29
Nov 17

Another interloper

No work in the shed last night, on account of aches, pains, freezing despite sitting beside the fire, and the usual pre-cold fun stuff. I crashed, went to bed, worked from home today (yes, you can type while under a duvet), and by afternoon was feeling somewhat more human.

So this evening when junior and mommy got back home, junior and I opened the large boxes from FFX and Rutlands that arrived over the last day or two and dragged the latest interloper to the shed…

It’s… slightly larger than anticipated. But not by too much. What it was was¬†loud. The specs said under 85dbA, the meter says 96dbA. And when you start sanding, it peaks somewhere around 106dbA – 3dBA louder than the dang bandsaw. Hmmm. Maybe when it’s on the base and everything’s nailed down… yeah, who am I kidding. Not sure what to do about this. At least it doesn’t have a lot to do in the shed, it’s mainly for bandsaw boxes and the like.

Well, at least I’m all stocked up on glue for a while. I’m looking forward to trying the plastic razor blades as well to see how they cope with glue cleanup. The angle box may be useful for the bandsaw and the sanding table, all the dremel sanding paper should be useful for small parts, and the black-and-white tube there on the right up against the triton are some teflon rods that I’m going to use to replace the steel rods that are the bandsaw guides on the bandsaw. This way I figure I can tighten the guides up against the blade itself, turn it on for a minute or so and it’ll wear away the teflon to get the perfect spacing without damaging the blade. We’ll see. There are some smaller ball bearings in the post as well to try to replace the thrust bearings with so the larger blades don’t contact them when running without load, which is how every guide out there says to set them up (the bandsaw guide holder I have just won’t let me adjust that, because Cheap Tool ūüėÄ ).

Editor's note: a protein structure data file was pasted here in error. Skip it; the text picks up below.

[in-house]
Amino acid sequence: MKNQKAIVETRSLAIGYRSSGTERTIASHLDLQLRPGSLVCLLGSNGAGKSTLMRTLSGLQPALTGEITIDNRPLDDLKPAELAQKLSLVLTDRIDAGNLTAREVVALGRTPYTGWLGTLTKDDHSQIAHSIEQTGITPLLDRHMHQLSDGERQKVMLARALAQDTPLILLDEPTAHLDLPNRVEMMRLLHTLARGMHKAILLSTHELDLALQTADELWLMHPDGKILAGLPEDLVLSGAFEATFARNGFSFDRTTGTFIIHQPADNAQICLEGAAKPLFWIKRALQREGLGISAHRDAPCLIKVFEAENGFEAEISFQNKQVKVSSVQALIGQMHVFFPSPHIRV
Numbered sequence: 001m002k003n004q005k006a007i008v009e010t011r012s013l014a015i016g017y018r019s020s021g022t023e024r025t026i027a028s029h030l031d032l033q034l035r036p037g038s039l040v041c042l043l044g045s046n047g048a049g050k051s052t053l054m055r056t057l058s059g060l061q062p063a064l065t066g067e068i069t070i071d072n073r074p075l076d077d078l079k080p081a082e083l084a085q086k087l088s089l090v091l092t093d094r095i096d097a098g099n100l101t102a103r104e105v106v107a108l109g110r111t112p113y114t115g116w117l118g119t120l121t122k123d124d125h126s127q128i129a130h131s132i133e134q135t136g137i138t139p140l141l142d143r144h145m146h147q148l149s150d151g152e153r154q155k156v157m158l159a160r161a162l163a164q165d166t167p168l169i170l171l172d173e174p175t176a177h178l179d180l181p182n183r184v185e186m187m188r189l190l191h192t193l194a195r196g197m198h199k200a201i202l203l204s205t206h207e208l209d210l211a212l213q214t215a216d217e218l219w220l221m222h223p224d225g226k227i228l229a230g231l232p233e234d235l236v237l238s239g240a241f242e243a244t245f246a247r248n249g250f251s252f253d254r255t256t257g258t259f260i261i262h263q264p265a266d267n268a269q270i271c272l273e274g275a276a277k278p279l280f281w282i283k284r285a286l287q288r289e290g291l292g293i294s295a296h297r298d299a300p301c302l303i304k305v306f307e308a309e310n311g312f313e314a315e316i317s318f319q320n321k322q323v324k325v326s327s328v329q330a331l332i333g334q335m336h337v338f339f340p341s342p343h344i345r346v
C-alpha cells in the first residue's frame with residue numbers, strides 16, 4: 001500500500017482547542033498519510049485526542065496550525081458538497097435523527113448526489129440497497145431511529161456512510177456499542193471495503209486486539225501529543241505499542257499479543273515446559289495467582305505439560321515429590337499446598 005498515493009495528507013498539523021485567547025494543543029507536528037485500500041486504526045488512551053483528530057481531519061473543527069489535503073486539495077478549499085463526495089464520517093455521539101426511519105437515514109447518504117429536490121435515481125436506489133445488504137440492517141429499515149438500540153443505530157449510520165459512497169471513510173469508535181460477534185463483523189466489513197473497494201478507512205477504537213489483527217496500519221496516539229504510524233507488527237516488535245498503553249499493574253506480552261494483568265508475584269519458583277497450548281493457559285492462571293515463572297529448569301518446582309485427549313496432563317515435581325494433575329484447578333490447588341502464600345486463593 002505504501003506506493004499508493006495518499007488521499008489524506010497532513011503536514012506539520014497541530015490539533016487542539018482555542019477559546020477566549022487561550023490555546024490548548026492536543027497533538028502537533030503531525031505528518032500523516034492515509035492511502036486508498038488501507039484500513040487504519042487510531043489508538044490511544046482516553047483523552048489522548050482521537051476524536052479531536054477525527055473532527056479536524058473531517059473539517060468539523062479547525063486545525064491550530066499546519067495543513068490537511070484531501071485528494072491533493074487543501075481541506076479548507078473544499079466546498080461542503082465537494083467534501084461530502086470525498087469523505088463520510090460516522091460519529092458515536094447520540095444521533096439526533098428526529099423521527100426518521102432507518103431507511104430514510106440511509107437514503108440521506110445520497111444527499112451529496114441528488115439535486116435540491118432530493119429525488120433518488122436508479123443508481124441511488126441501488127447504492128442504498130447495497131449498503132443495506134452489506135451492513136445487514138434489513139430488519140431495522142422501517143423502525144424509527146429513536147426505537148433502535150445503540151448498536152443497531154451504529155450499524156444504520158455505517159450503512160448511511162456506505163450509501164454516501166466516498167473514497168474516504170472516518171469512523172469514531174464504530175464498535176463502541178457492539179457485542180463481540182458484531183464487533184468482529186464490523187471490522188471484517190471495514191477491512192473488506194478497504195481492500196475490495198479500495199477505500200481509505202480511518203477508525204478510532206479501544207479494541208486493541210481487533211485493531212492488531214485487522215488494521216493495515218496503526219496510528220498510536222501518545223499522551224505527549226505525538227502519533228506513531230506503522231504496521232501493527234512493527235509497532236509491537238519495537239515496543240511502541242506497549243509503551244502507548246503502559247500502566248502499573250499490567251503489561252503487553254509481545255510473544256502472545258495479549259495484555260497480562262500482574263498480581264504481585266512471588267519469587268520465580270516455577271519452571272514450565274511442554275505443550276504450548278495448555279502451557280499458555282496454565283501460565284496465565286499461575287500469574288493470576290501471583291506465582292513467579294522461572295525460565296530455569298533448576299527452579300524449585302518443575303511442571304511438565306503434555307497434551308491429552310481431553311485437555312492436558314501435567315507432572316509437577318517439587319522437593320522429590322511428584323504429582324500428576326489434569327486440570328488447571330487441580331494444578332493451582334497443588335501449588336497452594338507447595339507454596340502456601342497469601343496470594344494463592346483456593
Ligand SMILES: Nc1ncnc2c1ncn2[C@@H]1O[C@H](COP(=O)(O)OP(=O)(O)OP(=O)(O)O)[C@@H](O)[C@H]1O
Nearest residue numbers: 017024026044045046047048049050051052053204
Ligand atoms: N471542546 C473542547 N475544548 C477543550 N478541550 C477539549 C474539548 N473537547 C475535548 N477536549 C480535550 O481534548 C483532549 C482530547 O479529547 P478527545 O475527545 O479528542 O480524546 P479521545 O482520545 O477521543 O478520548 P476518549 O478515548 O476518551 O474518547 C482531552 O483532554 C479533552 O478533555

Also got a few grades of sandpaper for the sander. Now I have to figure out where to put all this stuff. I had a plan to put together a very, very rough platform from some 2x4s that were left over from making the bench…

The key here is to do this fast. Other projects are a-waiting, but until this is done I literally can’t get my bench back, there’s nowhere to put the Triton. So it’s all butt joints and glue and screws and forget face planing or anything we don’t have to do…

That’s the twp sides done. Next up, five crossbars (two up top, two undeneath which get castors later, and one at the back for cross-bracing), all of which will be lap-jointed to the sides along with glue and screws. And if I can find metal bracing brackets tomorrow I’ll use those too. This thing is going to be ugly and I don’t care, I’ll do a nicer one later on. Like, after this one breaks.

BTW, on the right, a Bosch power drill. On the left (well, in the middle really), a brace with a hex key screwdriver bit that doesn’t really fit the jaws. Three guesses which one crapped out on me after the second screw?

Hint: it wasn’t the seventy-year-old tool that has so much torque it could twist the screw into a pretzel if you wanted to.

Stupid batteries. If I wanted to replace them, I’d just buy a new drill – it’s almost cheaper that way (do you want one battery for 50 euro or two batteries and a new drill for 80?). Gah.


27
Nov 17

Sounds okay

Couple of bits and bobs arrived in the post today:

Some brass-plated hinges for the next project, a silicone hose adapter to try to improve dust extraction from the bandsaw:

Beats a spring clamp and a bungee cord.
And this little doodad as well: